But, having worked in agri-food, luxury, insurance and health, I am convinced that we can make and find any interesting sector.
Certainly, but isn’t this intention only related to the question of well-being at work, which is somewhat the new fashionable communication theme?
No, not only. It is also a matter of retaining talent and engaging employees. This is a question that touches on the very approach and model of the company. In our time, promoting fulfillment is not just a trend: it is an unavoidable imperative and a delicate balance to be put in place. Indispensable because highly qualified young profiles no longer hesitate to choose a path that breaks completely with the model of the dynamic young executive in a suit. Delicate, because it is a question of reconciling this ambition to offer employees the possibility of flourishing with the performance of the company. This performance is indeed not the opposite of well-being, it is the condition that makes this model sustainable.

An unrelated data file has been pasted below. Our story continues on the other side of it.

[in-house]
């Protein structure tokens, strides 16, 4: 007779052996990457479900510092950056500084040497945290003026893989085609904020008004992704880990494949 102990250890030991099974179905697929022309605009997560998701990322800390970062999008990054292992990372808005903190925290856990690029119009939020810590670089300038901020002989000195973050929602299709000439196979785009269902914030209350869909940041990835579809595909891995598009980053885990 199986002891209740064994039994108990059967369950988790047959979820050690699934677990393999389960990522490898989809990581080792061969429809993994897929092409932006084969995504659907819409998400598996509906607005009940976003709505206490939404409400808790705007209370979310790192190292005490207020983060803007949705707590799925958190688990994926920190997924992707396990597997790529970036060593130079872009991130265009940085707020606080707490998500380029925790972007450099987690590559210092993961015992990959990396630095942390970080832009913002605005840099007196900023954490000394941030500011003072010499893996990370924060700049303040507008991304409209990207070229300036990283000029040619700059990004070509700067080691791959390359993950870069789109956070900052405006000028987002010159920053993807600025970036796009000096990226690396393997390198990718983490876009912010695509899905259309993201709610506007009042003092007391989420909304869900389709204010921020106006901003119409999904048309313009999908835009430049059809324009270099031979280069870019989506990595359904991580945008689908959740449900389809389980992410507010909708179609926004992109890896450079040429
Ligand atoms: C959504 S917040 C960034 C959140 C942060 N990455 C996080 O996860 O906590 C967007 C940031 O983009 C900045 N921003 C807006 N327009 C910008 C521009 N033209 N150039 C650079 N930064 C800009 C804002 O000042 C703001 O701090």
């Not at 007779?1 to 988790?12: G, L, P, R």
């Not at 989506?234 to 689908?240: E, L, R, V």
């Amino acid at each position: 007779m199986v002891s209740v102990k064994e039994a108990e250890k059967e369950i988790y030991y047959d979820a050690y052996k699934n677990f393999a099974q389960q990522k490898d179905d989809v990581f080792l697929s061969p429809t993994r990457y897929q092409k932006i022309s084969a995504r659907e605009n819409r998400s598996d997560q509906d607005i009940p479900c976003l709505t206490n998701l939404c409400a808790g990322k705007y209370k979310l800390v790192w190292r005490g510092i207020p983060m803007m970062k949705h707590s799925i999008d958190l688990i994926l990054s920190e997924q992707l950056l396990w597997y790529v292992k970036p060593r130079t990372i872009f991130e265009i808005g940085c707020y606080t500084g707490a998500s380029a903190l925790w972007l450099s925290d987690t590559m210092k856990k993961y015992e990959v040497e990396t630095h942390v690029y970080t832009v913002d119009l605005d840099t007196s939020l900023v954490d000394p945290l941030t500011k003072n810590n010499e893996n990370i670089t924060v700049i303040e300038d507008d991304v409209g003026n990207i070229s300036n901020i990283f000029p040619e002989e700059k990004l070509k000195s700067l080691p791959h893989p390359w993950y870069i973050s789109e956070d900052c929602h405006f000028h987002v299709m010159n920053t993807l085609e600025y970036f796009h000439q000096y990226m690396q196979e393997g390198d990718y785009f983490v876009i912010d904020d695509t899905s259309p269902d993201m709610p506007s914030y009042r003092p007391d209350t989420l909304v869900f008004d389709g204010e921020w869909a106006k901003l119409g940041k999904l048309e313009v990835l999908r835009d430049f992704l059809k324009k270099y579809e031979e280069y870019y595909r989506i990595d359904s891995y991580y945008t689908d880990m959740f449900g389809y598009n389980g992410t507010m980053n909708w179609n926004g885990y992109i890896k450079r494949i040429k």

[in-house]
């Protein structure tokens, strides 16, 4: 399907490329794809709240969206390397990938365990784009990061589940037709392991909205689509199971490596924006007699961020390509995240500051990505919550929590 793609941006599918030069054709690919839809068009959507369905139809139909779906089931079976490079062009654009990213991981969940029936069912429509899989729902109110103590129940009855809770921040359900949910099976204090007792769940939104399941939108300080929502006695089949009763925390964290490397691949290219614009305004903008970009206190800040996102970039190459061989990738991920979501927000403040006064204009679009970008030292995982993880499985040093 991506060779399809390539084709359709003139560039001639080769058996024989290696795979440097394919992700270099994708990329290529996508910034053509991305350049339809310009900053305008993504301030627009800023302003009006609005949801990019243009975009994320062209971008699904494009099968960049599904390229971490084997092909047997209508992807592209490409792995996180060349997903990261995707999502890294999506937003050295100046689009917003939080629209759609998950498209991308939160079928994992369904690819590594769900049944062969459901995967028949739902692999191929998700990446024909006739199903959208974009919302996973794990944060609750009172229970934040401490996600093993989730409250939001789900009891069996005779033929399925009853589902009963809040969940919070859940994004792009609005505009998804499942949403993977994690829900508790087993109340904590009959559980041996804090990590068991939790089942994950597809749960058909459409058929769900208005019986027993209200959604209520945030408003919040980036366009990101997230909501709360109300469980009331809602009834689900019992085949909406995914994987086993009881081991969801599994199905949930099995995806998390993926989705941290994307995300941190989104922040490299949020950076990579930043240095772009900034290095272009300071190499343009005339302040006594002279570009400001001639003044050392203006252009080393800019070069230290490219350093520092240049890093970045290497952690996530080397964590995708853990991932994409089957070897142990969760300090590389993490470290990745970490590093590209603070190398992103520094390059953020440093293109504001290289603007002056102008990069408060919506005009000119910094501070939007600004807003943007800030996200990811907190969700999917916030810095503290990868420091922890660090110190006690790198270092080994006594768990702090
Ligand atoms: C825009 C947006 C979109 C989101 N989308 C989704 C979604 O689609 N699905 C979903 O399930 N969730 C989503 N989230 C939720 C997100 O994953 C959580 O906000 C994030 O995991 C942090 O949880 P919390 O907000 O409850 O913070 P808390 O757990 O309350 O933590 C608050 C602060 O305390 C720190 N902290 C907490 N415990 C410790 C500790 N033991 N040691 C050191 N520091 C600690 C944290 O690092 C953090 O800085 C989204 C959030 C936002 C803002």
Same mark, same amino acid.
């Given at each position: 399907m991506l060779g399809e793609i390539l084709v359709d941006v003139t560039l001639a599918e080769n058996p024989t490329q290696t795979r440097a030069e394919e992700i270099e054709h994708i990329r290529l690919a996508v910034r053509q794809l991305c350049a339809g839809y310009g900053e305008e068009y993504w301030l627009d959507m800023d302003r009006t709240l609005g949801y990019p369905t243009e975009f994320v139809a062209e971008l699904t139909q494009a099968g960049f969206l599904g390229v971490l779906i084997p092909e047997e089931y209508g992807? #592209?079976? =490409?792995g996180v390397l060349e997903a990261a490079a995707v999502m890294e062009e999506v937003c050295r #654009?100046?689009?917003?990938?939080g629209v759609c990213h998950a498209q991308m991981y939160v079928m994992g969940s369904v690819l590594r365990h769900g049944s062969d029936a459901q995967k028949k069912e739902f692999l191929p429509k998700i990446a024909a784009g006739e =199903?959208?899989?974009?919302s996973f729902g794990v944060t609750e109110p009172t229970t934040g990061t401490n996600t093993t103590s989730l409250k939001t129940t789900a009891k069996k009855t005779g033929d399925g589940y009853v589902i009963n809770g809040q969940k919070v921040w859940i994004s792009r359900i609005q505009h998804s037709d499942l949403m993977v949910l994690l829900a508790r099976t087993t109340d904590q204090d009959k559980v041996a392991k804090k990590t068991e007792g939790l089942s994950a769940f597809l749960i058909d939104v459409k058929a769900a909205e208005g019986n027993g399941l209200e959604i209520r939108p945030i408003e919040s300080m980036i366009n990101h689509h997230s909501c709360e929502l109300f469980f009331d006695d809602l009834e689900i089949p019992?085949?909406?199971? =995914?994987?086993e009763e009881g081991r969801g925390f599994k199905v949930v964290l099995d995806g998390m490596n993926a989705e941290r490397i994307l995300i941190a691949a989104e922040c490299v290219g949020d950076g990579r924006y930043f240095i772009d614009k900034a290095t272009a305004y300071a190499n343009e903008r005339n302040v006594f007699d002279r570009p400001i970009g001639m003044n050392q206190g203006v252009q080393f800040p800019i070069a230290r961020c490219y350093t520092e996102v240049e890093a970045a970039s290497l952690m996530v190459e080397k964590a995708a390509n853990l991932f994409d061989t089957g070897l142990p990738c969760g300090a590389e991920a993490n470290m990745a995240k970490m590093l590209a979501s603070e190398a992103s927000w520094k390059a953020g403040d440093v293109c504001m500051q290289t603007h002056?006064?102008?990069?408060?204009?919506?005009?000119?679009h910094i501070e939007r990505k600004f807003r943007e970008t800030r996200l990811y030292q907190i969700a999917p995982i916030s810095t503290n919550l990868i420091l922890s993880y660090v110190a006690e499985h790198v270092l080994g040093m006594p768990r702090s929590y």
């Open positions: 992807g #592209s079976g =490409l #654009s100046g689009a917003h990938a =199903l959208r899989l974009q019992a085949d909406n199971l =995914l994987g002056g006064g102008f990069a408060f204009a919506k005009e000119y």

And how do you apply these principles to your business?
What I wanted to develop and offer was a business and career model different from what young lawyers can expect today. Today, if we caricature a little, a young lawyer at the end of his studies has the choice between joining a very large business law firm – often American, with great possibilities of progression at the price of a personal investment which many cannot sustain for very long – a traditional firm, of a more modest size but also more sensitive to changes in the economy – have you yourself quoted this impressive figure of the proportion of lawyers whose coronavirus called into question the career – or certain somewhat atypical firms which have set themselves the ambition of fully integrating technology and law.